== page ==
She sells seashells down by the sea shore… FOR DEATH!

No one is REALLY sure why there are so many cemented in sea shell covered graves in the South… many of them far away from the ocean. Loose, non cemented in shells (often conch shells like the two closest to the headstone on the picture above) generally mean someone took a pilgrimage and brought it to the grave long after burial. (European symbolism there of a pilgrimage). Slaves often marked graves with shells because the ocean brought them to this place, and so the shells symbolized taking them to their final home. Perhaps these German immigrants used them for the same symbolism? My favorite theory (though I don’t think it’s right) is that shells were used s shingles on grave surfaces as a protective “roof”… so totally utilitarian. And while that DOES sound very 1800s German it doesn’t quite jive because the rest of the graves are so ornate. Shells have generalized Christian symbolism… we may just have to leave it at that and that it was just a Victorian fad.


The Shrouded Urn… a great name for a mystery, now that I think of it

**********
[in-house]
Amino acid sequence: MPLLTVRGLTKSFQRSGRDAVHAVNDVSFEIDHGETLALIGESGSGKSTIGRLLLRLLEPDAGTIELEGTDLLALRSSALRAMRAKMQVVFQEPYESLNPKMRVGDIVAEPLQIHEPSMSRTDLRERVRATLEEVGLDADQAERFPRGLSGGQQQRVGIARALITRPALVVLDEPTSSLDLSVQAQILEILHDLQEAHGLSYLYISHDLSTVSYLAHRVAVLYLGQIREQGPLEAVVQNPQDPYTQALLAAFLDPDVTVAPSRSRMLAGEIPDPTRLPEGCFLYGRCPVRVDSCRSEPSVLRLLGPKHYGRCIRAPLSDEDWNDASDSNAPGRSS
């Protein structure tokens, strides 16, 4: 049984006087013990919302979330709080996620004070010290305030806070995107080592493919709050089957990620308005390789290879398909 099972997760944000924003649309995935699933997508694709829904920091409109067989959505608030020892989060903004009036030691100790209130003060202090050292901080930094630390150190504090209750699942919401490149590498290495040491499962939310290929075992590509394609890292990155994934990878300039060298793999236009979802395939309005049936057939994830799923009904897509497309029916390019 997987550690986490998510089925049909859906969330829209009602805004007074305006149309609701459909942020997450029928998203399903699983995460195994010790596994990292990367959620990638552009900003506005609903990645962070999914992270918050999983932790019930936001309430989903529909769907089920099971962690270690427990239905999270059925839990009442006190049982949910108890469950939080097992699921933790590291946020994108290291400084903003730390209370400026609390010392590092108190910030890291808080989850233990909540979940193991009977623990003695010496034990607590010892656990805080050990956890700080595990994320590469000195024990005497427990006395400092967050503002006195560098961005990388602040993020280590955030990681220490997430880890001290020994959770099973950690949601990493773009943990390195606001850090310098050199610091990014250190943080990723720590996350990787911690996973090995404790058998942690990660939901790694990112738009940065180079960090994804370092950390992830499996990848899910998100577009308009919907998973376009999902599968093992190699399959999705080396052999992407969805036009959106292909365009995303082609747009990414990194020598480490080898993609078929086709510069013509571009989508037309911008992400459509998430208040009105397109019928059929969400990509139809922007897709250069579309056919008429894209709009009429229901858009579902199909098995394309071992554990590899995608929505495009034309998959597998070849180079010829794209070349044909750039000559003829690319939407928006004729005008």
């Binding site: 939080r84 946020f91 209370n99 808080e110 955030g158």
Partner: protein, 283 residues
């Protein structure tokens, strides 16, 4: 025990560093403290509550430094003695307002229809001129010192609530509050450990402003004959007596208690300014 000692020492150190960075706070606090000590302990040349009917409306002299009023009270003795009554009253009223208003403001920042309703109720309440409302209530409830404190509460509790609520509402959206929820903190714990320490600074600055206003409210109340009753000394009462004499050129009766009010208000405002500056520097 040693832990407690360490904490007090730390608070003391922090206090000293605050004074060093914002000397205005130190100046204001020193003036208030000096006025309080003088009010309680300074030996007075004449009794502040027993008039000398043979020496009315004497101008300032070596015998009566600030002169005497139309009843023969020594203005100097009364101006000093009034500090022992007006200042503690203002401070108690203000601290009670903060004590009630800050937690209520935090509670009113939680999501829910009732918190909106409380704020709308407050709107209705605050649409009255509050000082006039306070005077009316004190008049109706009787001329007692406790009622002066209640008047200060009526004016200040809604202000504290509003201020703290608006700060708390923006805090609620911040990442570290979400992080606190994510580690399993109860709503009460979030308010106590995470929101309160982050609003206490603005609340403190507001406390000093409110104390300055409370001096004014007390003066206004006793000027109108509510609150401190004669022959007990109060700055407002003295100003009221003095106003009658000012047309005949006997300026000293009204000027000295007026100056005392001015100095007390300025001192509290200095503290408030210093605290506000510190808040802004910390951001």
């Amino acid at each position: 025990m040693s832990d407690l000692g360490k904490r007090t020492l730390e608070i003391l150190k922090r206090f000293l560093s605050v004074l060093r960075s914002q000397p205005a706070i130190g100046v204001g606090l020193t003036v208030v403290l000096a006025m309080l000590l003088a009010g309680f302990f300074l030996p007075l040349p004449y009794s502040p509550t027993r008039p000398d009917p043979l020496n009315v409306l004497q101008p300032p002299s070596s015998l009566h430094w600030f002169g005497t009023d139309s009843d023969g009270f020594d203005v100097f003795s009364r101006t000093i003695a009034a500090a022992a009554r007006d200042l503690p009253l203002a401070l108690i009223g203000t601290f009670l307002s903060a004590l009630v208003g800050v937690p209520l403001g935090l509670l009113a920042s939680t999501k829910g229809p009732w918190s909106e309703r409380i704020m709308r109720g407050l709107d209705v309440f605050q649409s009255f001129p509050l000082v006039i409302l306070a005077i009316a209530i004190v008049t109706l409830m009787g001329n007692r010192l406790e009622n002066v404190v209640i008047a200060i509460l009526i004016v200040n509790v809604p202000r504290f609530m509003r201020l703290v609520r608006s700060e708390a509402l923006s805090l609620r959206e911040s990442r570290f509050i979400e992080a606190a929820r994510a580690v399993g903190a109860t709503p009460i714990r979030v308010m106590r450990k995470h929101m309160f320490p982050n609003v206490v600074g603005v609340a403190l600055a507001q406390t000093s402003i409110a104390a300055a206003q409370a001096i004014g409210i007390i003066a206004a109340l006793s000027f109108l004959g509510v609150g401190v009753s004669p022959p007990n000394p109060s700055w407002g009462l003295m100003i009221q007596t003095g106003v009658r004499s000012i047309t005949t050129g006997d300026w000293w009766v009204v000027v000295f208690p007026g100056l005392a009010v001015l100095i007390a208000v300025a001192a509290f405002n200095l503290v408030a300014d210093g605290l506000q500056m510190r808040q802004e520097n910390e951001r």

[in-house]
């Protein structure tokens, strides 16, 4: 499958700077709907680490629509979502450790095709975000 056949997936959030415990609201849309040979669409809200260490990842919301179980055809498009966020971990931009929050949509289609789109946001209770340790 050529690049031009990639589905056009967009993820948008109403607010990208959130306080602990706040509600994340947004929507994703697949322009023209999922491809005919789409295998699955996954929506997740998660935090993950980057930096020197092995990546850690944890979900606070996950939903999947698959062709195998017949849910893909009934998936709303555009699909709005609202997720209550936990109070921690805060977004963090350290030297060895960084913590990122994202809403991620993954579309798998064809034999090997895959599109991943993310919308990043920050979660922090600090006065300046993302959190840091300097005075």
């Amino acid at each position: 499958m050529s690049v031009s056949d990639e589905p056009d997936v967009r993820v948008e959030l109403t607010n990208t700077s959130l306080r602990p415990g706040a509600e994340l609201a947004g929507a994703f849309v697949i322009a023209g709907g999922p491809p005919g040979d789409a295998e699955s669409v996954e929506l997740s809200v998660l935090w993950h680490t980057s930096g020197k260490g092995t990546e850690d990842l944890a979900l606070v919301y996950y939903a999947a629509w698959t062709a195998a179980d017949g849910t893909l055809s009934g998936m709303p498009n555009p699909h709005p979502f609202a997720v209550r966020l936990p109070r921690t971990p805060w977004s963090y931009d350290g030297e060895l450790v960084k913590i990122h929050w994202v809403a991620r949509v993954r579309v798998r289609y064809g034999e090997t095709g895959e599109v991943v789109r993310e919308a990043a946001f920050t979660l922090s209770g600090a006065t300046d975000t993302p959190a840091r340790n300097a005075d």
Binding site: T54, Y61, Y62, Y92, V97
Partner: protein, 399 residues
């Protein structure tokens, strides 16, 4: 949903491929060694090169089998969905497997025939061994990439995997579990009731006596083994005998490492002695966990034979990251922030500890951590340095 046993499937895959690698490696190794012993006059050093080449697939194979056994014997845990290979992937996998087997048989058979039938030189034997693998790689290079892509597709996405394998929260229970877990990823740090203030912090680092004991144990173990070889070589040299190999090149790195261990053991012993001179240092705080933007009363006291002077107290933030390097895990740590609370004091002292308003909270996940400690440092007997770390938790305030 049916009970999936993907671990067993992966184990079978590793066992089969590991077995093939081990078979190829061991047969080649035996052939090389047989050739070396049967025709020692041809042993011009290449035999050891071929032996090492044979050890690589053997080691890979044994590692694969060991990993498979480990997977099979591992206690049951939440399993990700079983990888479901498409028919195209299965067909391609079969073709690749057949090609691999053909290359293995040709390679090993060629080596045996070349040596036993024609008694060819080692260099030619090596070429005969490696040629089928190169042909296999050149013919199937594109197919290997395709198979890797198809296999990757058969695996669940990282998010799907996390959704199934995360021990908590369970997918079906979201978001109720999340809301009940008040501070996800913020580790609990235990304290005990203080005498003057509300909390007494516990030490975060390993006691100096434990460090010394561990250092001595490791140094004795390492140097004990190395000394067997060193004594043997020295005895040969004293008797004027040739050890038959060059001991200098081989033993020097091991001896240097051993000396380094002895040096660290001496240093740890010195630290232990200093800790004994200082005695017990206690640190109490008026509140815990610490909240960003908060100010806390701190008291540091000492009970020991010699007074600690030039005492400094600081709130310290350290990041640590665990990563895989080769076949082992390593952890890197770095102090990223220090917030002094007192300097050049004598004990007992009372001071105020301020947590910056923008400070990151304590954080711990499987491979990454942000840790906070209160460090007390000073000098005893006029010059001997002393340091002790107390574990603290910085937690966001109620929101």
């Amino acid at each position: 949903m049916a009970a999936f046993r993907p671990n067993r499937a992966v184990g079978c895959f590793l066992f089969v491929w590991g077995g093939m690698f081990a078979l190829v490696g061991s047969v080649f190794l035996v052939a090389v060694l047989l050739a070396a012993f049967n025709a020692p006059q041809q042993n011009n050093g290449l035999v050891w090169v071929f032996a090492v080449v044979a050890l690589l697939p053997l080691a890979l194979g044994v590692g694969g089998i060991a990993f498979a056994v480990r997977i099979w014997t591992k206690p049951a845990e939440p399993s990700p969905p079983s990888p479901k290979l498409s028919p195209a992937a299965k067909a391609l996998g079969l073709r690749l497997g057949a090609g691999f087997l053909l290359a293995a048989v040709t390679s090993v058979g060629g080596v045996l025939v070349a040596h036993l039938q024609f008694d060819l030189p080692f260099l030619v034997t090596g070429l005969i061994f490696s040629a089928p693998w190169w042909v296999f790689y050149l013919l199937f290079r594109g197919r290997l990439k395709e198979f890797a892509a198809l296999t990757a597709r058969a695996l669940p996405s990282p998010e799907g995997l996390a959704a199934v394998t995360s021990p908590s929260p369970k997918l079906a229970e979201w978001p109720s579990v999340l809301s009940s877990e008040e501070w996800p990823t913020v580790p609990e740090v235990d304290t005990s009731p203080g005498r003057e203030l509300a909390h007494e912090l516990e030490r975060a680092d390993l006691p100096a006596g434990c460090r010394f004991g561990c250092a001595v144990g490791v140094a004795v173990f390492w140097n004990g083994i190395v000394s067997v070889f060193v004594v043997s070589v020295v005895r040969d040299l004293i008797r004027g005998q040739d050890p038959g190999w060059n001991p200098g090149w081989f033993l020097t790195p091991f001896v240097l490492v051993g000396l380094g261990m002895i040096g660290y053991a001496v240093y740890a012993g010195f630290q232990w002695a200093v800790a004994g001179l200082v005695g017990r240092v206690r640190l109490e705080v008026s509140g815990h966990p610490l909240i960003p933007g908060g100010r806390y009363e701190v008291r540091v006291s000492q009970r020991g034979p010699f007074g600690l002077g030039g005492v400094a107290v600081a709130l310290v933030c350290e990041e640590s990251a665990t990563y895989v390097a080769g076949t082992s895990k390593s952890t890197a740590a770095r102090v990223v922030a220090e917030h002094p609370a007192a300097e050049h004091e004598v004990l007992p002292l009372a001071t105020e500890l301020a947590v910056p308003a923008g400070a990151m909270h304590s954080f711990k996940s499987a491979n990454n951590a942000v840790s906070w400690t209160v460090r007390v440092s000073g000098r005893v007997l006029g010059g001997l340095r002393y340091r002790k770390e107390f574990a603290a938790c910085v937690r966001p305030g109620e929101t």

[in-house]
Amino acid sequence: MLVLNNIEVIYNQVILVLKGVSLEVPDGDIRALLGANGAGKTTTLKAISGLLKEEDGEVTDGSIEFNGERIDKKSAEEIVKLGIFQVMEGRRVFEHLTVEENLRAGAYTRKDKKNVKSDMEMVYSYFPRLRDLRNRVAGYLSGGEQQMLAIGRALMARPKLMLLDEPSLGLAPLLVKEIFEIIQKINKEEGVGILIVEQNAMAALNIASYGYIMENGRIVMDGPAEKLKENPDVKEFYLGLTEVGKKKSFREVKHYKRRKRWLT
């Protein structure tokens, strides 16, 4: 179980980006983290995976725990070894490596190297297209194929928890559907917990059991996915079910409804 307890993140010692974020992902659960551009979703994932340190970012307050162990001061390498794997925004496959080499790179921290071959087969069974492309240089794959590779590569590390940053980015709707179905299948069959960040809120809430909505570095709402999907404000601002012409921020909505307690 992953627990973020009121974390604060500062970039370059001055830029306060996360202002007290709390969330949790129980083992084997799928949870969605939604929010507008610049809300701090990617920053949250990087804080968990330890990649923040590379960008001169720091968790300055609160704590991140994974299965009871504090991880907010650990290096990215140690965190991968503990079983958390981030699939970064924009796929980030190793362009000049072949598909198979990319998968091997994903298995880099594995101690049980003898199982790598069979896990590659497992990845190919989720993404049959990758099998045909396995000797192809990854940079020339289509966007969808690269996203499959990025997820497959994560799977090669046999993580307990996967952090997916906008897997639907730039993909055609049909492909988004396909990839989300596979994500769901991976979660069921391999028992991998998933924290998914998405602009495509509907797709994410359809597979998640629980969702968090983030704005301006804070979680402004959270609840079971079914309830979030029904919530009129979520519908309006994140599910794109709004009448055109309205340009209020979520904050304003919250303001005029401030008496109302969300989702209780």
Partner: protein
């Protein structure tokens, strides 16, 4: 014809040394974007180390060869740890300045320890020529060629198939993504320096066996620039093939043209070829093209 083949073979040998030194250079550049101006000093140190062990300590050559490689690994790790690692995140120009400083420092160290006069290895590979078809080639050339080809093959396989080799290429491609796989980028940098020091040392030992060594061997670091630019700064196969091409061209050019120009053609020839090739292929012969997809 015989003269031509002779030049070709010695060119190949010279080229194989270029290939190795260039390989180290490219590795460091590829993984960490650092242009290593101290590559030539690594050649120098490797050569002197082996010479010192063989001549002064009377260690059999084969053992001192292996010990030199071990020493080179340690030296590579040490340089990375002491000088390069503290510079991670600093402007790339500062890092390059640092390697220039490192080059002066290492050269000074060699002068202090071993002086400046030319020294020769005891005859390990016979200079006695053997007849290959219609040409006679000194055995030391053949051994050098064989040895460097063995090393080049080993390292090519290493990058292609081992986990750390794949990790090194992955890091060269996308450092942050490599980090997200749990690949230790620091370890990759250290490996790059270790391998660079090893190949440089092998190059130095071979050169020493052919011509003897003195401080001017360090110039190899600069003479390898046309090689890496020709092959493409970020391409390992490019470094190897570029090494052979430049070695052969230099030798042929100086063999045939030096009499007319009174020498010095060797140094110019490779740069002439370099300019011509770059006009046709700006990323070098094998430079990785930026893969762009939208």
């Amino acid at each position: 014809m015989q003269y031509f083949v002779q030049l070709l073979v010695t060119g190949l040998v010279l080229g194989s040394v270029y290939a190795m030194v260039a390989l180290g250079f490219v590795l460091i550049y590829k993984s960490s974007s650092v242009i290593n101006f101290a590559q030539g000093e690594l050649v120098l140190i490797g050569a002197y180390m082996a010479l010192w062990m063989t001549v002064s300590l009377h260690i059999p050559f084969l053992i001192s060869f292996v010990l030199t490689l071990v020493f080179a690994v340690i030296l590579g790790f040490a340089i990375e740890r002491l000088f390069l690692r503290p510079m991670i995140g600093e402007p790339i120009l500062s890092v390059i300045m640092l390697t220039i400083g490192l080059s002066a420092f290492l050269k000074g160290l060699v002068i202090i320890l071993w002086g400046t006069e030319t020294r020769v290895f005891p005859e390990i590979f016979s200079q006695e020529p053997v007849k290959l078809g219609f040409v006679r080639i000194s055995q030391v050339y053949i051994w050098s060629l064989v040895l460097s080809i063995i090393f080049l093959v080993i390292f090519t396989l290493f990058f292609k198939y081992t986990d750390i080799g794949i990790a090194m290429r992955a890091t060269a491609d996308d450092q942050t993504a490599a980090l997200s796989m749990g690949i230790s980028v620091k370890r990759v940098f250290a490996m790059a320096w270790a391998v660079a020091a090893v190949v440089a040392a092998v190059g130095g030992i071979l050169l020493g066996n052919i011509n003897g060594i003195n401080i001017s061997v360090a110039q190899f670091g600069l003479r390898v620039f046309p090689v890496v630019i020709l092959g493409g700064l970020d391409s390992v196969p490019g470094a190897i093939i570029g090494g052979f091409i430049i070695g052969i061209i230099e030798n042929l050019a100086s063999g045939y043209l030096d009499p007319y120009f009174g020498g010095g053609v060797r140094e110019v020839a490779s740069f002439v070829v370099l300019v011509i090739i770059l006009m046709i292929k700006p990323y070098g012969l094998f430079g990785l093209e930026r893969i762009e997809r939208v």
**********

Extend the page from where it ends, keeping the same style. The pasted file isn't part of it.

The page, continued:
The urn was a symbol of death long after cremation went out of fashion, and the shroud symbolized variously: the last curtain between life and death, or protection, or that death has fallen over something. I’ve seen shrouded angels (fucking terrifying, lemme tell ya), shrouded fruit baskets, shrouded obelisks and urns… there were some pretty talented stone carvers back in the day. It’s one of my favorite things to look for in cemeteries, the shrouded statuary.


Oh you!

And then there are the hands. The hand like that is SUPPOSED to be pointing up to heaven and God, but which always look like a shaking finger like “Oh you! You got me! Never saw that one coming, I didn’t!”